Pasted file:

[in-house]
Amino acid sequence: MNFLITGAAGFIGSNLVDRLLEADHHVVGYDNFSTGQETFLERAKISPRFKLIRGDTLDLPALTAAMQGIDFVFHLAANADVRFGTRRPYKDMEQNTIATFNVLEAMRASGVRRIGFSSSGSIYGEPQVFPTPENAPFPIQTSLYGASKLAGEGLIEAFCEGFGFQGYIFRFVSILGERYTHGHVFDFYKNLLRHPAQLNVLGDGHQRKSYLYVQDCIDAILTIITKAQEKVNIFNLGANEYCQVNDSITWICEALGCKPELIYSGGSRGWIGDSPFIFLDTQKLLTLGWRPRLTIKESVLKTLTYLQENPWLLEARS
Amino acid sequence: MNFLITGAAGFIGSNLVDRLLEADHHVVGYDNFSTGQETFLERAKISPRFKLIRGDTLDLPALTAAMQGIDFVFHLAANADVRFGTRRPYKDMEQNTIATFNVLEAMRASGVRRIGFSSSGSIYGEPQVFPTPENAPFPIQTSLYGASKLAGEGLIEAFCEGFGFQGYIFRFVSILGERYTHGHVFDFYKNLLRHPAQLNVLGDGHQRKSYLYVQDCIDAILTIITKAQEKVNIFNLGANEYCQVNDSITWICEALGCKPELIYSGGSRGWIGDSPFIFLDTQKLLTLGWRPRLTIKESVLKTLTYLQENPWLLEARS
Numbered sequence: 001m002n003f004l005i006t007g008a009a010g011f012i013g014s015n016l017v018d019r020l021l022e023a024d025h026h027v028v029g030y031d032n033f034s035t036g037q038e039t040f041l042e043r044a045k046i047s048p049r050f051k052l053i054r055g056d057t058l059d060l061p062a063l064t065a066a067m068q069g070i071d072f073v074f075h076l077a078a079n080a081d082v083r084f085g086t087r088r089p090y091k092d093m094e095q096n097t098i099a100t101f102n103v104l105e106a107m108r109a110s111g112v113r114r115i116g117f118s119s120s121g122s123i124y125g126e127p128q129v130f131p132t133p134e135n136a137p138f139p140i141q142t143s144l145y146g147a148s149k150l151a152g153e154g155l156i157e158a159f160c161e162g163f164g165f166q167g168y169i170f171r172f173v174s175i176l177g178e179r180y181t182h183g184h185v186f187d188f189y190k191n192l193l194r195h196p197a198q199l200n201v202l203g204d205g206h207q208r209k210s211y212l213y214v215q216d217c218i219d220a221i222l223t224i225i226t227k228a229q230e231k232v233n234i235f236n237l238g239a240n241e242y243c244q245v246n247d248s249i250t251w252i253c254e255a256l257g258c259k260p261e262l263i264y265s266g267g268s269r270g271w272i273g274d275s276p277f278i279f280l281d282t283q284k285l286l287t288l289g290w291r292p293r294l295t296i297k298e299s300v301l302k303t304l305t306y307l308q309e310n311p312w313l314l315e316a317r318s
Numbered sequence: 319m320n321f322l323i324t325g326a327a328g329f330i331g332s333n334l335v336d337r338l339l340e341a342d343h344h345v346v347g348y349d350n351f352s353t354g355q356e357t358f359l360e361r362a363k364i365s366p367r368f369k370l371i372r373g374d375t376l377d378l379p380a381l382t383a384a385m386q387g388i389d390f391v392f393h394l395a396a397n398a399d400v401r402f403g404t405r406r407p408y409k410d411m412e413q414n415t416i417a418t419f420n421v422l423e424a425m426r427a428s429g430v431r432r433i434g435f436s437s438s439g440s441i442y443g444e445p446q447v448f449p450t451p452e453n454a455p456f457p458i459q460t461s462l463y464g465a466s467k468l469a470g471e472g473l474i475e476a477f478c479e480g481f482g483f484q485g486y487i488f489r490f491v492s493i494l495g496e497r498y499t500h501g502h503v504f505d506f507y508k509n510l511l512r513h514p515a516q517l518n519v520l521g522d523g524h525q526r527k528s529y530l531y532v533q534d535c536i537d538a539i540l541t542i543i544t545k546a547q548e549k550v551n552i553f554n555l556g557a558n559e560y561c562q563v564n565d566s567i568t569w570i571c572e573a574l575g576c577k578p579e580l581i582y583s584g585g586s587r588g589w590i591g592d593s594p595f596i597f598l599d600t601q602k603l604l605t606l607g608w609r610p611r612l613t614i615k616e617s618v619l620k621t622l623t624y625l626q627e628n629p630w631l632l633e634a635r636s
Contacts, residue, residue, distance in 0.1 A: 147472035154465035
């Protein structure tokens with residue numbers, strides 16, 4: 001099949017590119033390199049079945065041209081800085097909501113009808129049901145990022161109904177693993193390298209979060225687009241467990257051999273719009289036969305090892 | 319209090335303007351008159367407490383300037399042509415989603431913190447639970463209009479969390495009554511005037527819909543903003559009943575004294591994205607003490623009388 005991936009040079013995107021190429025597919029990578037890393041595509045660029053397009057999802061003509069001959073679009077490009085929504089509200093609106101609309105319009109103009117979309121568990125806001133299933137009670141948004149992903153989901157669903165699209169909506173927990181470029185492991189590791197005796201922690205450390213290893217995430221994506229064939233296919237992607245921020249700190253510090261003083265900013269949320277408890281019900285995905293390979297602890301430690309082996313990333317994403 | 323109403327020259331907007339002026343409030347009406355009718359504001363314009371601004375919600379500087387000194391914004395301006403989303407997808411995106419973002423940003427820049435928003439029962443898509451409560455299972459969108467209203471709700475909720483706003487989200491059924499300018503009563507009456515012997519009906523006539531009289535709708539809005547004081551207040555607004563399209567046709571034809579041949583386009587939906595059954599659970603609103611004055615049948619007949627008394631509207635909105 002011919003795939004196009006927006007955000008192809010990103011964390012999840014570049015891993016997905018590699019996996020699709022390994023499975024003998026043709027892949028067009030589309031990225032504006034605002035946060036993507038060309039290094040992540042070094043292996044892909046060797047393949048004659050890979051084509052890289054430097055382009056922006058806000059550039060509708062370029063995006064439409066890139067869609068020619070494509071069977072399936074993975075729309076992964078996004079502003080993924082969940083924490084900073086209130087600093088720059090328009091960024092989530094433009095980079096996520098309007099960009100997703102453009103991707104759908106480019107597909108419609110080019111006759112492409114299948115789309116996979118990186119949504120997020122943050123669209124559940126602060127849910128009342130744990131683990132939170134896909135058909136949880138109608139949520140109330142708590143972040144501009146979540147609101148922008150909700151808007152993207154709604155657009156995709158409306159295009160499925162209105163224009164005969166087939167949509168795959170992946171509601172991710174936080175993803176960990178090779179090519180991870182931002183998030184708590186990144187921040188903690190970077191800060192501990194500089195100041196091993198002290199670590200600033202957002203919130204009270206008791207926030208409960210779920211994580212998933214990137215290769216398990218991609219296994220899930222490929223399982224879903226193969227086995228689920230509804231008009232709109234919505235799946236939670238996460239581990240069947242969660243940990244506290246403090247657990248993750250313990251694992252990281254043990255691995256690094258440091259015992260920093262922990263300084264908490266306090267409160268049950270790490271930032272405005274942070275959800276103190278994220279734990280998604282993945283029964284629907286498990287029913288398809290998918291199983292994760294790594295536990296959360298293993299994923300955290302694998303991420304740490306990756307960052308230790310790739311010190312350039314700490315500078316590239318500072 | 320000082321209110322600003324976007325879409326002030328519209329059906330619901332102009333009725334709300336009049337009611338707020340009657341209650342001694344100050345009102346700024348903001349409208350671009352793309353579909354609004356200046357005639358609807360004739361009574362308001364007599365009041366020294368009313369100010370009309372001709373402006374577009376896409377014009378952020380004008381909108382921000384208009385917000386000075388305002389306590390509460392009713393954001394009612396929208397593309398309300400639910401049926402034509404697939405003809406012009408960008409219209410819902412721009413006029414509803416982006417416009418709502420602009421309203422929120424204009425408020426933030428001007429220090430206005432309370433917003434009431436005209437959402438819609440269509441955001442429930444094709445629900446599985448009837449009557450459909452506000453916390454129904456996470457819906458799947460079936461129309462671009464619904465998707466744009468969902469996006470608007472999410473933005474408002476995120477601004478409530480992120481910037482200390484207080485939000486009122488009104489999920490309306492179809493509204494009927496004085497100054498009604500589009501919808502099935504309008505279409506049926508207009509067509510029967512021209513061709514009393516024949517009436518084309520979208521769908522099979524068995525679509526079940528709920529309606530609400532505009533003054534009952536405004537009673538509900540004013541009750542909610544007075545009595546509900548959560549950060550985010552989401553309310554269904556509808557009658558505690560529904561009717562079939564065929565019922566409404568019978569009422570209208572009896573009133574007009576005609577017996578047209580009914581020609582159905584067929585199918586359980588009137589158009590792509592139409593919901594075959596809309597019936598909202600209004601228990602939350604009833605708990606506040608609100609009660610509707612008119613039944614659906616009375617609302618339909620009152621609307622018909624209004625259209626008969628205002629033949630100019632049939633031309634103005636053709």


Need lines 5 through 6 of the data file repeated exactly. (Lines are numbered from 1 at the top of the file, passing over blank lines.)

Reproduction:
Numbered sequence: 319m320n321f322l323i324t325g326a327a328g329f330i331g332s333n334l335v336d337r338l339l340e341a342d343h344h345v346v347g348y349d350n351f352s353t354g355q356e357t358f359l360e361r362a363k364i365s366p367r368f369k370l371i372r373g374d375t376l377d378l379p380a381l382t383a384a385m386q387g388i389d390f391v392f393h394l395a396a397n398a399d400v401r402f403g404t405r406r407p408y409k410d411m412e413q414n415t416i417a418t419f420n421v422l423e424a425m426r427a428s429g430v431r432r433i434g435f436s437s438s439g440s441i442y443g444e445p446q447v448f449p450t451p452e453n454a455p456f457p458i459q460t461s462l463y464g465a466s467k468l469a470g471e472g473l474i475e476a477f478c479e480g481f482g483f484q485g486y487i488f489r490f491v492s493i494l495g496e497r498y499t500h501g502h503v504f505d506f507y508k509n510l511l512r513h514p515a516q517l518n519v520l521g522d523g524h525q526r527k528s529y530l531y532v533q534d535c536i537d538a539i540l541t542i543i544t545k546a547q548e549k550v551n552i553f554n555l556g557a558n559e560y561c562q563v564n565d566s567i568t569w570i571c572e573a574l575g576c577k578p579e580l581i582y583s584g585g586s587r588g589w590i591g592d593s594p595f596i597f598l599d600t601q602k603l604l605t606l607g608w609r610p611r612l613t614i615k616e617s618v619l620k621t622l623t624y625l626q627e628n629p630w631l632l633e634a635r636s
Contacts, residue, residue, distance in 0.1 A: 147472035154465035